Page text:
Reply
  2. Follow The Money   September 16, 2013 at 8:44 am

    The “dental x-rays caused the head and neck cancers” sounds like a plausible explanation that the researchers perhaps never considered. Did they ask the study subjects about their dental x-ray exposure?

    Another possible explanation for why those with more cavities had a lower risk of cancer may be that these people had lower exposure to fluoride. A cancer study of rats found that fluoride seemed to cause a higher rate of pre-cancerous lesions in the mouth and throat, presumably because of the direct contact with these tissues. The fluoride concentration in fluoridated toothpaste is as high as that given to the rats. So, perhaps those who use more fluoridated toothpaste are at higher risk of head and neck cancers, but have fewer cavities.

    This article didn’t give any details of the types of head and neck cancers. If they originated in the bones, then fluoride would again be a plausible explanation. Fluoride stimulates bone remodeling, and higher rates of bone remodeling mean the cells are dividing more often, which gives them more opportunities for experiencing a defect during replication, which could lead to cancer.

    Reply
  3. Bill   September 15, 2013 at 10:05 am

    Salivary gland cancer is considered to be almost 100% the result of dental x-rays. It basically didn’t exist before x-rays became commonplace. Dentists consider the benefits of x-rays to be worth the risk.

    Reply
  4. ianp   September 15, 2013 at 8:52 am

    Cavities smell. And act as a barrier against head, neck, intimate contact transmissible diseases (HPV) ?

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  5. d   September 15, 2013 at 8:39 am

    I have had both multiple cavities and head/neck cancer by the time I was 18 :\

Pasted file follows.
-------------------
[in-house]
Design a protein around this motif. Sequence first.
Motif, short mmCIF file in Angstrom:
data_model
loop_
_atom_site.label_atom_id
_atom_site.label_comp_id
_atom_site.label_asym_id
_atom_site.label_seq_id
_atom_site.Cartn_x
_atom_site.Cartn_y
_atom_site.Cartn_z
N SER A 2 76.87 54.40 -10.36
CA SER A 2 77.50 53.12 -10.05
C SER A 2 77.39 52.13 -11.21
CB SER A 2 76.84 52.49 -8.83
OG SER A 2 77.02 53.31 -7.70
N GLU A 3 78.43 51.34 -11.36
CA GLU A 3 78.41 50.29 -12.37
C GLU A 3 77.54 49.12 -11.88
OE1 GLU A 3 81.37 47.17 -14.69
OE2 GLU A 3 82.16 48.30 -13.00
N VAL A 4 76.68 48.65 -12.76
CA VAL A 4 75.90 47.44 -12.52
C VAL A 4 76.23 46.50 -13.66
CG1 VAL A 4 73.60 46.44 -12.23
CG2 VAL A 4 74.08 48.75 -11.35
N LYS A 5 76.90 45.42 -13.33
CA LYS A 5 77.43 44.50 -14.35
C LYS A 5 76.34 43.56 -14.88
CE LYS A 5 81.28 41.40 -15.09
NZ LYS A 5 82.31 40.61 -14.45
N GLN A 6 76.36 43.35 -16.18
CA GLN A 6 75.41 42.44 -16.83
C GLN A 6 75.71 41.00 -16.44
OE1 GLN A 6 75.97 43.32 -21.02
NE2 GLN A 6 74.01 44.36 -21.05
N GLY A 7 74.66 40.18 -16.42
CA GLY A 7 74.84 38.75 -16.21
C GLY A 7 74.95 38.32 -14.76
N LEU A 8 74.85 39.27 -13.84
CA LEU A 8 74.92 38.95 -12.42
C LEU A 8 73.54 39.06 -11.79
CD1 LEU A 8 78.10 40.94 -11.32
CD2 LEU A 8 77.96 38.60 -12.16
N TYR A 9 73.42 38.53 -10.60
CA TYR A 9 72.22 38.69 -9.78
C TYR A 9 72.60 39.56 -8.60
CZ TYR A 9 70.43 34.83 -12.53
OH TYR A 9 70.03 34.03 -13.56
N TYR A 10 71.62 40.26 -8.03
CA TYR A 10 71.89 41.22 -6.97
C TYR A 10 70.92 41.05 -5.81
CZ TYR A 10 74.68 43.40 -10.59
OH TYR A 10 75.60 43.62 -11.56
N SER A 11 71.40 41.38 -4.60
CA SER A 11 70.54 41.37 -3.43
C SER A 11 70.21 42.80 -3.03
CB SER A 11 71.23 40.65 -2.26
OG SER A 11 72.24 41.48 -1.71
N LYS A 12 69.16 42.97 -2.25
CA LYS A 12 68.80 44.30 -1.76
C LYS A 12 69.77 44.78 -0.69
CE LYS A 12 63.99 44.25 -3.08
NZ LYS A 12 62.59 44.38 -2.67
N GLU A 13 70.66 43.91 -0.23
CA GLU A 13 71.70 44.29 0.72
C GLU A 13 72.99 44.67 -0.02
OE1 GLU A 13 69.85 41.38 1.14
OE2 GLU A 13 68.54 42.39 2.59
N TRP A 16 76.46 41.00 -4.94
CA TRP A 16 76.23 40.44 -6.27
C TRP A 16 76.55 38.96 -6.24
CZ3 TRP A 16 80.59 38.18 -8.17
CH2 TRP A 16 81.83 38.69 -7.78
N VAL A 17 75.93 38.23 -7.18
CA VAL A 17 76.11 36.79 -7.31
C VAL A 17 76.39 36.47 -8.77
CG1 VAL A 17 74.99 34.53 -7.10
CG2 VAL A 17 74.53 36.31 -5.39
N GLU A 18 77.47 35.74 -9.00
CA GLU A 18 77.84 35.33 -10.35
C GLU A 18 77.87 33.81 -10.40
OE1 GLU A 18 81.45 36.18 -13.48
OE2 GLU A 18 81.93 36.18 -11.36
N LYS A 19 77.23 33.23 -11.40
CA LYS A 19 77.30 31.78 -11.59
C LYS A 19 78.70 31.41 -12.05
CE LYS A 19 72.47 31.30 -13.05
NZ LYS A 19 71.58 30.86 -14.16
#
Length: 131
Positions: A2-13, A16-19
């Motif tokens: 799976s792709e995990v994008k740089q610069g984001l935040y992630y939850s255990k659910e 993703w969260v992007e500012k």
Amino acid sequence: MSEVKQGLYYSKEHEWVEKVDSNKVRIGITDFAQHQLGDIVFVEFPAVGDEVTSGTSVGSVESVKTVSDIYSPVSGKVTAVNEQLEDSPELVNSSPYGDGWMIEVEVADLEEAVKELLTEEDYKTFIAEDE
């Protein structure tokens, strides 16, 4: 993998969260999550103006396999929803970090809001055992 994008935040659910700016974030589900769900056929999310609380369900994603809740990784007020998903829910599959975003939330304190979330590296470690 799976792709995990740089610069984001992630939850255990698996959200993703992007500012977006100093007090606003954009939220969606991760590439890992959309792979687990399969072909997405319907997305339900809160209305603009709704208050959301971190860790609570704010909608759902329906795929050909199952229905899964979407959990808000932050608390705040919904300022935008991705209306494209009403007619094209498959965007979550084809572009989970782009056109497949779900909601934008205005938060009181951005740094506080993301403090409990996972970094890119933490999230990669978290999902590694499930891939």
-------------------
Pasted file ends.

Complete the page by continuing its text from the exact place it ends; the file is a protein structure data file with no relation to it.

Reply
  6. Karl Davis   September 15, 2013 at 7:34 am

    I bet they expected to find that cavities increase cancer risk and were surprised to find otherwise. There’s a lot of “Puritan” studies done to explain to people that their lifestyle causes terrible diseases. That’s largely true, but often researches like to frame studies to harp on it.
    When they find that a preventable problem doesn’t cause the malady they’re looking for, or better yet prevents it, they have to contain their disappointment and try to explain the resuls.

    Reply
  7. myeke   September 15, 2013 at 7:25 am

    dental remedies cause cancer!!!

    Reply
  8. Ducktight   September 15, 2013 at 6:53 am

    Fillings are probably better than cavities but that doesn’t mean that they are safe. Mercury in the amalgam, plastic in the white fillings, constantly exposed to saliva that you then swallow… Also I agree, the constant xrays that are expected these days (and in some states mandatory or the dentist won’t treat you because they might get sued for not keeping up with the standard of care), does expose you to a lot of radiation in that area and radiation is a known carcinogen.

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  9. Charlene   September 15, 2013 at 6:36 am

    Anyone consider that those folks with cavities may not have been able to afford dental care that, these days, comes with X-rays nearly every time? Maybe there’s a link between excessive bite-wing and other kinds of “film” and head/neck cancer …

    Reply
    • Ern   September 15, 2013 at 7:36 am

      Excellent insight Charlene, I would like to see that data too.

      Reply